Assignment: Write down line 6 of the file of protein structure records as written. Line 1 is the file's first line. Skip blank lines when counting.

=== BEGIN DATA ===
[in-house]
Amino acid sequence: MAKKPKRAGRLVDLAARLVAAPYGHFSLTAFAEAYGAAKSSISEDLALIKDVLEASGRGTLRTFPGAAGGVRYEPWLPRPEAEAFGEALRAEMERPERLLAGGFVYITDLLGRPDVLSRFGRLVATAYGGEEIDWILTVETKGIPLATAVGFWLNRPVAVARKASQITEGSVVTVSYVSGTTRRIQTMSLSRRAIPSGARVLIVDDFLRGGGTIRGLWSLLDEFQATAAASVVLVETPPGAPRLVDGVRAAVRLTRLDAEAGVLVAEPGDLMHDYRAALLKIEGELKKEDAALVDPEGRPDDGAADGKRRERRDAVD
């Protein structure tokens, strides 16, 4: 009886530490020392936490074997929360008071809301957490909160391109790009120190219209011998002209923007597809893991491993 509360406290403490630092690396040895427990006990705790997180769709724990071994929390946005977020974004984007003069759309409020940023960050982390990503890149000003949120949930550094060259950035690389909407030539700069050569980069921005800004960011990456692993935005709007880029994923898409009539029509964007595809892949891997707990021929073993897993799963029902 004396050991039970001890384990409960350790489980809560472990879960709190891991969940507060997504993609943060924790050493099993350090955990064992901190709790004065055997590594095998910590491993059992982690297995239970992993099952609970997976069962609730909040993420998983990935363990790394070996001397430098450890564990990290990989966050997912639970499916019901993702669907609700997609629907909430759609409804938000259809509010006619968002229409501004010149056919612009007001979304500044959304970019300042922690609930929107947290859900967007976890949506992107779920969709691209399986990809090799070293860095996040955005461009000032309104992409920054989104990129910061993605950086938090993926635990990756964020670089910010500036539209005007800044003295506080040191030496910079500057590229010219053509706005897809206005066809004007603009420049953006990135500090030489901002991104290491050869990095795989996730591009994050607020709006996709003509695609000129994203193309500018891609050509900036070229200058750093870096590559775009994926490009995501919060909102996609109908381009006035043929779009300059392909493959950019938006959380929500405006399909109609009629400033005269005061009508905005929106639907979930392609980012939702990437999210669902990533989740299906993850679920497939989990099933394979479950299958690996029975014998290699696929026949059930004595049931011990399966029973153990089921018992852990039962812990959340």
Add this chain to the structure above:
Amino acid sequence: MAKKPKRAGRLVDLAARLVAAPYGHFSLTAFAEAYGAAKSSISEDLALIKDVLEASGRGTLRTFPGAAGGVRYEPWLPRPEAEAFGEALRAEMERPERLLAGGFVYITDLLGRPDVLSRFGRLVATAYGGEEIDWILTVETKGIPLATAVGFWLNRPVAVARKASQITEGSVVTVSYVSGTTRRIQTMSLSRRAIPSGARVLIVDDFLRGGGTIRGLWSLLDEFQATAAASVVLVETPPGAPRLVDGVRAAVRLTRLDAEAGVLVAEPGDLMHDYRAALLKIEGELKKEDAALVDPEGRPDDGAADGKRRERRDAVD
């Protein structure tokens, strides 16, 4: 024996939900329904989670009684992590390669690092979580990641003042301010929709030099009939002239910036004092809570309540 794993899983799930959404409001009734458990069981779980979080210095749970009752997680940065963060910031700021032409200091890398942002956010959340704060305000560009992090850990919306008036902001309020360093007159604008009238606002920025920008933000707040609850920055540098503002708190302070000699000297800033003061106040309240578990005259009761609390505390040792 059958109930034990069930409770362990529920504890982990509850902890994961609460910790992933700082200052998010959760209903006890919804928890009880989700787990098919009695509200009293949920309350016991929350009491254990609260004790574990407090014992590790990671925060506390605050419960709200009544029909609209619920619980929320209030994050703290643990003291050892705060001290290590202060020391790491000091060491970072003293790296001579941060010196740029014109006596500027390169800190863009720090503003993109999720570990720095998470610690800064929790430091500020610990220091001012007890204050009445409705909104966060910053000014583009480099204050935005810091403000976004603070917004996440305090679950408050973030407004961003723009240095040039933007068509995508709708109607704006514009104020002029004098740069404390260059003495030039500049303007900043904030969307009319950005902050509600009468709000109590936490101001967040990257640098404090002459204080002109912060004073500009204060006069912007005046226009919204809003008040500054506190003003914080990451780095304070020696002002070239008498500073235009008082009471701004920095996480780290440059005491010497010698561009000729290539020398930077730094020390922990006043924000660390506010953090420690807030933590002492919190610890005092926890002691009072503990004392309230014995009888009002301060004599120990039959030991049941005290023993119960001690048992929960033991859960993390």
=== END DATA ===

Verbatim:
């Protein structure tokens, strides 16, 4: 024996939900329904989670009684992590390669690092979580990641003042301010929709030099009939002239910036004092809570309540 794993899983799930959404409001009734458990069981779980979080210095749970009752997680940065963060910031700021032409200091890398942002956010959340704060305000560009992090850990919306008036902001309020360093007159604008009238606002920025920008933000707040609850920055540098503002708190302070000699000297800033003061106040309240578990005259009761609390505390040792 059958109930034990069930409770362990529920504890982990509850902890994961609460910790992933700082200052998010959760209903006890919804928890009880989700787990098919009695509200009293949920309350016991929350009491254990609260004790574990407090014992590790990671925060506390605050419960709200009544029909609209619920619980929320209030994050703290643990003291050892705060001290290590202060020391790491000091060491970072003293790296001579941060010196740029014109006596500027390169800190863009720090503003993109999720570990720095998470610690800064929790430091500020610990220091001012007890204050009445409705909104966060910053000014583009480099204050935005810091403000976004603070917004996440305090679950408050973030407004961003723009240095040039933007068509995508709708109607704006514009104020002029004098740069404390260059003495030039500049303007900043904030969307009319950005902050509600009468709000109590936490101001967040990257640098404090002459204080002109912060004073500009204060006069912007005046226009919204809003008040500054506190003003914080990451780095304070020696002002070239008498500073235009008082009471701004920095996480780290440059005491010497010698561009000729290539020398930077730094020390922990006043924000660390506010953090420690807030933590002492919190610890005092926890002691009072503990004392309230014995009888009002301060004599120990039959030991049941005290023993119960001690048992929960033991859960993390």